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dc.contributor.authorSelke, Martin
dc.contributor.authorMeens, Jochen
dc.contributor.authorSpringer, Sven
dc.contributor.authorFrank, Ronald
dc.contributor.authorGerlach, Gerald-F
dc.date.accessioned2017-01-20T12:15:59Z
dc.date.available2017-01-20T12:15:59Z
dc.date.issued2007-05
dc.identifier.citationImmunization of pigs to prevent disease in humans: construction and protective efficacy of a Salmonella enterica serovar Typhimurium live negative-marker vaccine. 2007, 75 (5):2476-83 Infect. Immun.en
dc.identifier.issn0019-9567
dc.identifier.pmid17296750
dc.identifier.doi10.1128/IAI.01908-06
dc.identifier.urihttp://hdl.handle.net/10033/620735
dc.description.abstractZoonotic infections caused by Salmonella enterica serovar Typhimurium pose a constant threat to consumer health, with the pig being a particularly major source of multidrug-resistant isolates. Vaccination, as a promising approach to reduce colonization and shedding, has been scarcely used, as it interferes with current control programs relying on serology as a means of herd classification. In order to overcome this problem, we set out to develop a negative-marker vaccine allowing the differentiation of infected from vaccinated animals (DIVA). Applying an immunoproteomic approach with two-dimensional gel electrophoresis, Western blot, and quadrupole time-of-flight tandem mass spectrometry, we identified the OmpD protein as a suitable negative marker. Using allelic exchange, we generated an isogenic mutant of the licensed live vaccine strain Salmoporc and showed that virulence of Salmoporc and that of the mutant strain, SalmoporcDeltaompD, were indistinguishable in BALB/c mice. In a pig infection experiment including two oral immunizations with SalmoporcDeltaompD and challenge with a multiresistant S. enterica serovar Typhimurium DT104 clinical isolate, we confirmed the protective efficacy of SalmoporcDeltaompD in pigs, showing a significant reduction of both clinical symptoms and colonization of lymph nodes and intestinal tract. OmpD immunogenic epitopes were determined by peptide spot array analyses. Upon testing of several 9-mer peptides, each including an immunogenic epitope, one peptide (positions F(100) to Y(108)) that facilitated the detection of infected animals independent of their vaccination status (DIVA function) was identified. The approach described overcomes the problems currently limiting the use of bacterial live vaccines and holds considerable potential for future developments in the field.
dc.language.isoenen
dc.rights.urihttp://creativecommons.org/licenses/by-nc-sa/4.0/*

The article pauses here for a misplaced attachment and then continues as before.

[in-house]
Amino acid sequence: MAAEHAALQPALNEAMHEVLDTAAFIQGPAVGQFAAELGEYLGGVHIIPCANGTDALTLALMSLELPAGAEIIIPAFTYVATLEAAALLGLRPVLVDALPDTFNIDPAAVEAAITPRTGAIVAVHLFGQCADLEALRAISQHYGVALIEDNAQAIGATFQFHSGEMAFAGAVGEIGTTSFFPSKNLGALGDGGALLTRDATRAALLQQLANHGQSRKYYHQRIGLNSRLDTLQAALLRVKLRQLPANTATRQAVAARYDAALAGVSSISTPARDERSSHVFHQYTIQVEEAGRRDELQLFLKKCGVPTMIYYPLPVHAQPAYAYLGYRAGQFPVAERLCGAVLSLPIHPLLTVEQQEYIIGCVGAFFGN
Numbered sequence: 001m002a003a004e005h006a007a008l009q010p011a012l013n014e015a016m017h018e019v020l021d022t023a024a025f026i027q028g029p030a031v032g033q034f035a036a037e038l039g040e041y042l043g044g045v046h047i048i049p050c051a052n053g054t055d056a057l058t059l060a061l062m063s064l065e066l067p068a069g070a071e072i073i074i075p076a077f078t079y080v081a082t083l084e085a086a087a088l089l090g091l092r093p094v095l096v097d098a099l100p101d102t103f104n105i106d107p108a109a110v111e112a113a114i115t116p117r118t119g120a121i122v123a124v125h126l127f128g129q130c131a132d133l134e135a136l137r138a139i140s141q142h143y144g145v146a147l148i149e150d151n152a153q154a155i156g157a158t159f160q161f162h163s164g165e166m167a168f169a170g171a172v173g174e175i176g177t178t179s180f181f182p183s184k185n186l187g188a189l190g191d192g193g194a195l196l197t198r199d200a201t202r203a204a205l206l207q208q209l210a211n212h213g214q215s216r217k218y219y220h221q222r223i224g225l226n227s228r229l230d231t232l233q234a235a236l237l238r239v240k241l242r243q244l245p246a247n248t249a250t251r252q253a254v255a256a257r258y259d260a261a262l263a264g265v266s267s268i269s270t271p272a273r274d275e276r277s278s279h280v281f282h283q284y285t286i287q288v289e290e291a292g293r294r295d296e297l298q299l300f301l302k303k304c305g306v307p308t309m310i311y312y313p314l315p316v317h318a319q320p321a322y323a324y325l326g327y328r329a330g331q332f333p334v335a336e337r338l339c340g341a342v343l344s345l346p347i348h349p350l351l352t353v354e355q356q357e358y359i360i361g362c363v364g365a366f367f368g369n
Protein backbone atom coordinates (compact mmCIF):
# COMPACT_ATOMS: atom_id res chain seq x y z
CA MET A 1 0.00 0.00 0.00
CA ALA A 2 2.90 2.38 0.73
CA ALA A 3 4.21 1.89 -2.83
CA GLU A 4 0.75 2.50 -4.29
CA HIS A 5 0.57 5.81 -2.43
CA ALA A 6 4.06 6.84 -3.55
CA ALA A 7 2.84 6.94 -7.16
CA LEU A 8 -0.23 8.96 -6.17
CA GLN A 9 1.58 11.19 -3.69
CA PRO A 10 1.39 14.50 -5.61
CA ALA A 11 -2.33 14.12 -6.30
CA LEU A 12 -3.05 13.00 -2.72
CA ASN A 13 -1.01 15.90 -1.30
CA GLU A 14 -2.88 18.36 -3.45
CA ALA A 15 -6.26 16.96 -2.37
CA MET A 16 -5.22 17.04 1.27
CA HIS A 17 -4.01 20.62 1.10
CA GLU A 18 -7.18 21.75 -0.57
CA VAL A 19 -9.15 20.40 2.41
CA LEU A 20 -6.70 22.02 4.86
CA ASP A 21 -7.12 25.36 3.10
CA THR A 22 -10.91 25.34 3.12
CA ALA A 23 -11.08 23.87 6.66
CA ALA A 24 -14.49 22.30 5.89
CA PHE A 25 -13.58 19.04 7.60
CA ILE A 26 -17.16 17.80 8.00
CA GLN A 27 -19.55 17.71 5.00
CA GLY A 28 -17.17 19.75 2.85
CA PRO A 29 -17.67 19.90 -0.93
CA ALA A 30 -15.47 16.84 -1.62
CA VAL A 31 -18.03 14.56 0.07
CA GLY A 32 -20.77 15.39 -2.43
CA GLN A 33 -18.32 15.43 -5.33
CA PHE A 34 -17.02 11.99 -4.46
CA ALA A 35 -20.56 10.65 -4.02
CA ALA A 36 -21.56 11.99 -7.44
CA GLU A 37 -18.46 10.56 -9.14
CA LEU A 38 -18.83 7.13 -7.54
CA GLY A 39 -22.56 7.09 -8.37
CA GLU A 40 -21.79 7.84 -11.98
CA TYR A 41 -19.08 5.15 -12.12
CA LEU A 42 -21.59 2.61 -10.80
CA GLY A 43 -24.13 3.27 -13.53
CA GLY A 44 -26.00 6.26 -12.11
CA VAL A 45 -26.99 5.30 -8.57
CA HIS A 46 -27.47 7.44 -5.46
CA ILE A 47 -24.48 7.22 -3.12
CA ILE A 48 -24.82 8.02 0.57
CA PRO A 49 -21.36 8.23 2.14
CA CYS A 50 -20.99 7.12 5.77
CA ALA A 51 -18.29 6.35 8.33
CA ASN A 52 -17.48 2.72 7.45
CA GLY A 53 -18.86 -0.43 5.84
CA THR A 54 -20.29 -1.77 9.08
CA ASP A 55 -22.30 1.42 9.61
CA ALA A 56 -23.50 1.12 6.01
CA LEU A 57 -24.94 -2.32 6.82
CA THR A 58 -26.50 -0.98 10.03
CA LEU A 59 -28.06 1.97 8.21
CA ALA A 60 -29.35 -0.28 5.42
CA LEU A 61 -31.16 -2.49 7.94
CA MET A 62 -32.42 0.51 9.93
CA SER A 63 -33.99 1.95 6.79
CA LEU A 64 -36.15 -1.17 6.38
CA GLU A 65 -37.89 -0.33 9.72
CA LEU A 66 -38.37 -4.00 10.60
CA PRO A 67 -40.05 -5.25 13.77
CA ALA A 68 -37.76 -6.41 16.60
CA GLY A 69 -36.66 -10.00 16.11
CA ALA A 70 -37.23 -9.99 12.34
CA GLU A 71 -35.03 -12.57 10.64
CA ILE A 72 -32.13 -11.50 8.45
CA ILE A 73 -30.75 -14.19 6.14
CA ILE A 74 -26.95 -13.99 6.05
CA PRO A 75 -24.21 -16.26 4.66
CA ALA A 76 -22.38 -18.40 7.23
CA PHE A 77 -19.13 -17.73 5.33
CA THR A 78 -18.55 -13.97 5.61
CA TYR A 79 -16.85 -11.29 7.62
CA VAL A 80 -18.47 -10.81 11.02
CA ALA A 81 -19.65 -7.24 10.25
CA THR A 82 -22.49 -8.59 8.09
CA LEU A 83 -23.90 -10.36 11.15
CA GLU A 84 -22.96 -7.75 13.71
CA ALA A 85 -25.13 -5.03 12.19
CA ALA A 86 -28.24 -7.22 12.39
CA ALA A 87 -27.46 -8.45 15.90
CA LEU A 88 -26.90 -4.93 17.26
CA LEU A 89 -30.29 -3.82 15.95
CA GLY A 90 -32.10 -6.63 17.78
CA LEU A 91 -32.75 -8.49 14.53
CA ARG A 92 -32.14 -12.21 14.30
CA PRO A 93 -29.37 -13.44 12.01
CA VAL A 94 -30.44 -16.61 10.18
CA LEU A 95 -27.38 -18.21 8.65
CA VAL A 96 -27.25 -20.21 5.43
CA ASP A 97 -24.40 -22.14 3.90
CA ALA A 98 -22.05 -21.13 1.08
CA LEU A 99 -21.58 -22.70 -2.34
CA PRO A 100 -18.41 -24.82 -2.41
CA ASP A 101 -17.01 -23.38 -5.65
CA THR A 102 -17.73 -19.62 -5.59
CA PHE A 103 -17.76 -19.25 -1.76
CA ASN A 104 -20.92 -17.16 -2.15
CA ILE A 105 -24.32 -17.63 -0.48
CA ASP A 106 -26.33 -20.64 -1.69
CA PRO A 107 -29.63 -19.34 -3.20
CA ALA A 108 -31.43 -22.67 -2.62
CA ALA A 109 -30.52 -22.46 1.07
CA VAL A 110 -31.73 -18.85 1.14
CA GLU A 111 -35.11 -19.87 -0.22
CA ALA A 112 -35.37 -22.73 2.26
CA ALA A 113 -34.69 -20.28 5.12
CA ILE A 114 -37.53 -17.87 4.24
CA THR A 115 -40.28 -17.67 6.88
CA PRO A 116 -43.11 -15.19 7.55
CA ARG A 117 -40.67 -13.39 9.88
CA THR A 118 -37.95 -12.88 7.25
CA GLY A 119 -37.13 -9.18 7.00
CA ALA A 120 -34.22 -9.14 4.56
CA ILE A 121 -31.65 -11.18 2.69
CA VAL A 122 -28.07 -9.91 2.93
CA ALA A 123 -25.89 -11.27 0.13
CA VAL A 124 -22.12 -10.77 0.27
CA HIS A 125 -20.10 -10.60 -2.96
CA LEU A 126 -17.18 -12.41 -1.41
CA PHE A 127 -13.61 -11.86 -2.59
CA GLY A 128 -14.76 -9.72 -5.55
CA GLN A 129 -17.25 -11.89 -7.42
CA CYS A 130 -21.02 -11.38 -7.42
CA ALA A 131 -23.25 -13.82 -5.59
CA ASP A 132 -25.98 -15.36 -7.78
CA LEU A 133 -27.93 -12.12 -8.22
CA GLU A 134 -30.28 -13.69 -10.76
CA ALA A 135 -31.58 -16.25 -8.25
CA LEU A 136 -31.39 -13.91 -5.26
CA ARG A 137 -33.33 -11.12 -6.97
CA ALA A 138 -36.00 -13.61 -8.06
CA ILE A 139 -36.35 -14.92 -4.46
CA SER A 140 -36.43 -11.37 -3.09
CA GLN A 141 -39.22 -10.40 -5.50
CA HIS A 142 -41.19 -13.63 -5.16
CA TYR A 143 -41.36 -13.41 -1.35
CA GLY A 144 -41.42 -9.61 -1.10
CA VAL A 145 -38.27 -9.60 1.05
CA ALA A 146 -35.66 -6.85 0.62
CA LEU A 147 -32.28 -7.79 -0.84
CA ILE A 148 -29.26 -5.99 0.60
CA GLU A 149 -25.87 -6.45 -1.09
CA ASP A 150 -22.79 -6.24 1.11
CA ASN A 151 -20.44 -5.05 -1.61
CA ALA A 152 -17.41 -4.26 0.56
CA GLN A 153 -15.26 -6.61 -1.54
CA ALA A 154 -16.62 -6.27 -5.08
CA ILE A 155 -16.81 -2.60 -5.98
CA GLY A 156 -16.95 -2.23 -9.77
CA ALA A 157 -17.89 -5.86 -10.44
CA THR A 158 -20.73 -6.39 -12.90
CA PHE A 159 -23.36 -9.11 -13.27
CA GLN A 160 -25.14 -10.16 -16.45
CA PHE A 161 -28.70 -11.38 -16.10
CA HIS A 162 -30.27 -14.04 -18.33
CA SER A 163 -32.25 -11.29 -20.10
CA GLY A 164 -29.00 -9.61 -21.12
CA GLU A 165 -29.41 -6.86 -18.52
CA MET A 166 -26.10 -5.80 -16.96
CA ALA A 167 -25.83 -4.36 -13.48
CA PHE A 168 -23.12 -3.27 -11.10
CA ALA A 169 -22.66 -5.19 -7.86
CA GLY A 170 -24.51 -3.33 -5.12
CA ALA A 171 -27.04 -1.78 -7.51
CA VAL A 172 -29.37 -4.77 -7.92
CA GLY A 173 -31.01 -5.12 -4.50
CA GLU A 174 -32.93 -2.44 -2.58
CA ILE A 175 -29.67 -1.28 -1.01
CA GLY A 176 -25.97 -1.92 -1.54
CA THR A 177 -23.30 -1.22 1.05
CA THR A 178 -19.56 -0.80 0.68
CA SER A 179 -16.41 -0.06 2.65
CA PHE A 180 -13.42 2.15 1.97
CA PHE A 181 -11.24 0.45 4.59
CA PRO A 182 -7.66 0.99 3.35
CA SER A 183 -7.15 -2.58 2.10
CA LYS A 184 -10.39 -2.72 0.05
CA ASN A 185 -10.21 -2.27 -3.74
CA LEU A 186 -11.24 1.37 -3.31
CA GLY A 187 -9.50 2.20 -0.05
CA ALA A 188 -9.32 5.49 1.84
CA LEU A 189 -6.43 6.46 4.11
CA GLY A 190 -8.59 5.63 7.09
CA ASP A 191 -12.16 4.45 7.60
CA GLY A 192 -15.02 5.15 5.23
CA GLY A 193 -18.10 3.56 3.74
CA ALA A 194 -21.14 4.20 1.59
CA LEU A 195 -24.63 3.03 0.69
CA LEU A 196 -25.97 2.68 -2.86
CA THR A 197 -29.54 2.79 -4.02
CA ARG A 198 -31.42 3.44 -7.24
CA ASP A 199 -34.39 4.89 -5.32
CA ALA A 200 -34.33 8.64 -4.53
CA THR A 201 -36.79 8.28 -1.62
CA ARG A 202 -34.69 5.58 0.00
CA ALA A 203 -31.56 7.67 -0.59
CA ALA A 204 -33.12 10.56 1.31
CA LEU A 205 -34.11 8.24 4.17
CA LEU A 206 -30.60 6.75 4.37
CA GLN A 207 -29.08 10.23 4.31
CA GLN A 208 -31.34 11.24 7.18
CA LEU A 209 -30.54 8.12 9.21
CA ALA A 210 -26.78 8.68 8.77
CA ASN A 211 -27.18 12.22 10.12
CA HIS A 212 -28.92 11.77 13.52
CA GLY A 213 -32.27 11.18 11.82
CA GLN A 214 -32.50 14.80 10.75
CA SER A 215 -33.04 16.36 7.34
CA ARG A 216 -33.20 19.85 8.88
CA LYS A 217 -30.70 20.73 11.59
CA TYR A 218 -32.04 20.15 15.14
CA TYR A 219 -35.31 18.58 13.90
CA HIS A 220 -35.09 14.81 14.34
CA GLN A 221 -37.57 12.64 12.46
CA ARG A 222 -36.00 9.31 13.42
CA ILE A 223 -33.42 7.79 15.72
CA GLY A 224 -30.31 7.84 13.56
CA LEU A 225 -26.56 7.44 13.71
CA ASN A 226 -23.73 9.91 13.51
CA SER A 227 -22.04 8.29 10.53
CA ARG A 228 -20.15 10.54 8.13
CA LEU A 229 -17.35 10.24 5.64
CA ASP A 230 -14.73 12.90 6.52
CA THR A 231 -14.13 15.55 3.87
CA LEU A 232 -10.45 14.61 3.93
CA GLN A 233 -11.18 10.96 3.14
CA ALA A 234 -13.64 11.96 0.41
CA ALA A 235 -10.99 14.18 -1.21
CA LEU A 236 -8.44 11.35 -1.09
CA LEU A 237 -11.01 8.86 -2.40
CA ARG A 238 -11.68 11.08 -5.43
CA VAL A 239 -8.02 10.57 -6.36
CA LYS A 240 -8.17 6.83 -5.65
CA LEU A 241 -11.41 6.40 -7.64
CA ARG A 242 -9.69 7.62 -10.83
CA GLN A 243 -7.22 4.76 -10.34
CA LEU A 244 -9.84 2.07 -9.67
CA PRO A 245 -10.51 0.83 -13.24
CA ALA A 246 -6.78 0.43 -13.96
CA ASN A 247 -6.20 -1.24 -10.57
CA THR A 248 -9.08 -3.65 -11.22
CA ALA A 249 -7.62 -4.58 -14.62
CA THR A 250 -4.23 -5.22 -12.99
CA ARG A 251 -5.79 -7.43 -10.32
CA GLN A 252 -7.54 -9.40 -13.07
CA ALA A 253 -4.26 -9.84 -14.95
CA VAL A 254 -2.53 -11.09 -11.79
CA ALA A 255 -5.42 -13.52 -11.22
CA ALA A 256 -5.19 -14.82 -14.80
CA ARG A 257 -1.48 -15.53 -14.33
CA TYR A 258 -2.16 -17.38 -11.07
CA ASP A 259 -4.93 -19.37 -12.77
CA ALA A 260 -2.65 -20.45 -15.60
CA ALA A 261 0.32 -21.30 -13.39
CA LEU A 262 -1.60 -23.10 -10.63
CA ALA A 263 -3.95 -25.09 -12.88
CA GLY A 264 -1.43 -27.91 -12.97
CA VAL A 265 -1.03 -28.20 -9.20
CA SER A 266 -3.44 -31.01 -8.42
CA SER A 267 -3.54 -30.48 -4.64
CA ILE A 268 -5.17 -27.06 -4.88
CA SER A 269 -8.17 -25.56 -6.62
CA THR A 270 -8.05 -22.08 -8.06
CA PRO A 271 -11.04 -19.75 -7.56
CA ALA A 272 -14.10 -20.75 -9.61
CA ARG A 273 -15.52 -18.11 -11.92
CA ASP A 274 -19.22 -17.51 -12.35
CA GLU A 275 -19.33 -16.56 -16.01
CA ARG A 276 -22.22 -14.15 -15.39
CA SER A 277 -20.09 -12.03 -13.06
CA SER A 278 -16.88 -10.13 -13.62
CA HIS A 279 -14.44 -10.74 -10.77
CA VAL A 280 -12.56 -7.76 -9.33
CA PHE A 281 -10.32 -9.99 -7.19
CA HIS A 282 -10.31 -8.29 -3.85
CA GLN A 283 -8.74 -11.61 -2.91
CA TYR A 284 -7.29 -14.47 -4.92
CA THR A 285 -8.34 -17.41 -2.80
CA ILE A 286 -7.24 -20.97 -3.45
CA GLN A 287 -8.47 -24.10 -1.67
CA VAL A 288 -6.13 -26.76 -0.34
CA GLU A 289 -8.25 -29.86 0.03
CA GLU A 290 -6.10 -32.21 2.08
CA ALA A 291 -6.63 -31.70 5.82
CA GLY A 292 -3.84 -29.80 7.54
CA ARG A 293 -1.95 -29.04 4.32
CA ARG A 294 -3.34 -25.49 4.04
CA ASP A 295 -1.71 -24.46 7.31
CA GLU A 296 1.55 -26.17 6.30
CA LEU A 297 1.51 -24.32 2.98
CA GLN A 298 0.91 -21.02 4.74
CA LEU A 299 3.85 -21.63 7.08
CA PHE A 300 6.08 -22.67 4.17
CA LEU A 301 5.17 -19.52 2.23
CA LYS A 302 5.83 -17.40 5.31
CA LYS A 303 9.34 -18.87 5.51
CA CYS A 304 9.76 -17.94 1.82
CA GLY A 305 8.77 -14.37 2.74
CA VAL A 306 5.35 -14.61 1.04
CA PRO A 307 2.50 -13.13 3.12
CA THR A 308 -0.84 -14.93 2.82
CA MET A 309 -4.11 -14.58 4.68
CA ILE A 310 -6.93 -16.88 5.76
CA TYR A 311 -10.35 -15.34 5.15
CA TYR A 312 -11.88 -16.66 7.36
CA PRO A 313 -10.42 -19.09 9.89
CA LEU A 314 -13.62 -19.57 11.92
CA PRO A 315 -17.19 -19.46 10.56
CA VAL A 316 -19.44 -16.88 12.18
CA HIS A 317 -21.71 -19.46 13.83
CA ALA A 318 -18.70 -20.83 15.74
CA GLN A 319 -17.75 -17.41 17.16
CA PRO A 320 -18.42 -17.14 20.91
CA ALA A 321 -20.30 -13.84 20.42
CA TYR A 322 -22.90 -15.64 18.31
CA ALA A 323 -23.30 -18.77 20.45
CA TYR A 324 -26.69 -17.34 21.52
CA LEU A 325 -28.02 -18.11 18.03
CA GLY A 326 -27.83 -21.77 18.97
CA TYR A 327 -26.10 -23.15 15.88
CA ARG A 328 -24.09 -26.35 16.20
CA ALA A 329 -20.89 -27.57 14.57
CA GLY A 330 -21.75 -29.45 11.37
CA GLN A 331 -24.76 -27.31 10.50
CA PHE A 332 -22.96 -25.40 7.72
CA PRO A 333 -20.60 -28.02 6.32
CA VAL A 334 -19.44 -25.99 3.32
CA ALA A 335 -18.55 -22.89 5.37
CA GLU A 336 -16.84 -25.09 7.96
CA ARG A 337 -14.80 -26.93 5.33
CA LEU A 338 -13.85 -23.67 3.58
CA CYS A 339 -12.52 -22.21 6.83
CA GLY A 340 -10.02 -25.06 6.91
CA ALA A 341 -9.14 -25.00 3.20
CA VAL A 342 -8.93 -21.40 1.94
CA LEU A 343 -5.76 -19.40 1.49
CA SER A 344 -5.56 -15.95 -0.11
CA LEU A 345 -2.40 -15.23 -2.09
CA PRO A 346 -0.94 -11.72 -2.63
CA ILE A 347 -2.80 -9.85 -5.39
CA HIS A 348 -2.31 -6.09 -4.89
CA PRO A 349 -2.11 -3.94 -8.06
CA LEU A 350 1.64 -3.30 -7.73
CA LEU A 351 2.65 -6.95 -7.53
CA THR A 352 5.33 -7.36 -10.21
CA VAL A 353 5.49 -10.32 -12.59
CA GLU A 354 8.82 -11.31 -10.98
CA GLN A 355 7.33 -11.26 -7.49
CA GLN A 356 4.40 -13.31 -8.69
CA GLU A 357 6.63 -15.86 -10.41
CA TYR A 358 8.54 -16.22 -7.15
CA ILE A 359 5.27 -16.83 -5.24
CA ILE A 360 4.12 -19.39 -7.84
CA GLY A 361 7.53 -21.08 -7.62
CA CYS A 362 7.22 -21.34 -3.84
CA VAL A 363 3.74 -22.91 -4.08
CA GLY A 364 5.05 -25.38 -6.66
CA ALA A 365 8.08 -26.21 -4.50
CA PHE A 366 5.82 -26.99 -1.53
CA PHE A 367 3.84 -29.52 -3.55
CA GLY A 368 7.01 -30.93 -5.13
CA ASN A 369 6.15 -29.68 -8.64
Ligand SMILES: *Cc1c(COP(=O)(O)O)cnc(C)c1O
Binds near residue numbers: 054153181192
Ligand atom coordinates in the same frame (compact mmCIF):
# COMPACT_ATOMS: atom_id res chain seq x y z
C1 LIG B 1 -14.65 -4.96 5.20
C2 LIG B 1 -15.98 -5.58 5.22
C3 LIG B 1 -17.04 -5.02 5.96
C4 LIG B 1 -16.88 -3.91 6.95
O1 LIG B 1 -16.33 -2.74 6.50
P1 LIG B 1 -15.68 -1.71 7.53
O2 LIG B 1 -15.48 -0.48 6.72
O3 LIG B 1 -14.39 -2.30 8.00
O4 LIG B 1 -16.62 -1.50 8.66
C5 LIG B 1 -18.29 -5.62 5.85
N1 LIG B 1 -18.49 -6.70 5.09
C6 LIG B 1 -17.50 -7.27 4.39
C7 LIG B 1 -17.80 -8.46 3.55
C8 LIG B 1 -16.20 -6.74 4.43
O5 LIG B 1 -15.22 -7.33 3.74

dc.subject.meshAnimalsen
dc.subject.meshGenetic Markersen
dc.subject.meshHumansen
dc.subject.meshImmunizationen
dc.subject.meshMiceen
dc.subject.meshMice, Inbred BALB Cen
dc.subject.meshMolecular Sequence Dataen
dc.subject.meshMutationen
dc.subject.meshPorinsen
dc.subject.meshSalmonella Infectionsen
dc.subject.meshSalmonella Infections, Animalen
dc.subject.meshSalmonella Vaccinesen
dc.subject.meshSalmonella typhimuriumen
dc.subject.meshSwineen
dc.subject.meshSwine Diseasesen
dc.subject.meshVaccines, Attenuateden
dc.subject.meshVaccines, DNAen
dc.subject.meshVirulenceen
dc.subject.meshZoonosesen
dc.titleImmunization of pigs to prevent disease in humans: construction and protective efficacy of a Salmonella enterica serovar Typhimurium live negative-marker vaccine.en
dc.typeArticleen
dc.contributor.departmentnstitute for Microbiology, Department of Infectious Diseases, University of Veterinary Medicine Hannover, Hannover, Germany.en
dc.identifier.journalInfection and immunityen
refterms.dateFOA2018-06-13T05:29:43Z
html.description.abstractZoonotic infections caused by Salmonella enterica serovar Typhimurium pose a constant threat to consumer health, with the pig being a particularly major source of multidrug-resistant isolates. Vaccination, as a promising approach to reduce colonization and shedding, has been scarcely used, as it interferes with current control programs relying on serology as a means of herd classification. In order to overcome this problem, we set out to develop a negative-marker vaccine allowing the differentiation of infected from vaccinated animals (DIVA). Applying an immunoproteomic approach with two-dimensional gel electrophoresis, Western blot, and quadrupole time-of-flight tandem mass spectrometry, we identified the OmpD protein as a suitable negative marker. Using allelic exchange, we generated an isogenic mutant of the licensed live vaccine strain Salmoporc and showed that virulence of Salmoporc and that of the mutant strain, SalmoporcDeltaompD, were indistinguishable in BALB/c mice. In a pig infection experiment including two oral immunizations with SalmoporcDeltaompD and challenge with a multiresistant S. enterica serovar Typhimurium DT104 clinical isolate, we confirmed the protective efficacy of SalmoporcDeltaompD in pigs, showing a significant reduction of both clinical symptoms and colonization of lymph nodes and intestinal tract. OmpD immunogenic epitopes were determined by peptide spot array analyses. Upon testing of several 9-mer peptides, each including an immunogenic epitope, one peptide (positions F(100) to Y(108)) that facilitated the detection of infected animals independent of their vaccination status (DIVA function) was identified. The approach described overcomes the problems currently limiting the use of bacterial live vaccines and holds considerable potential for future developments in the field.


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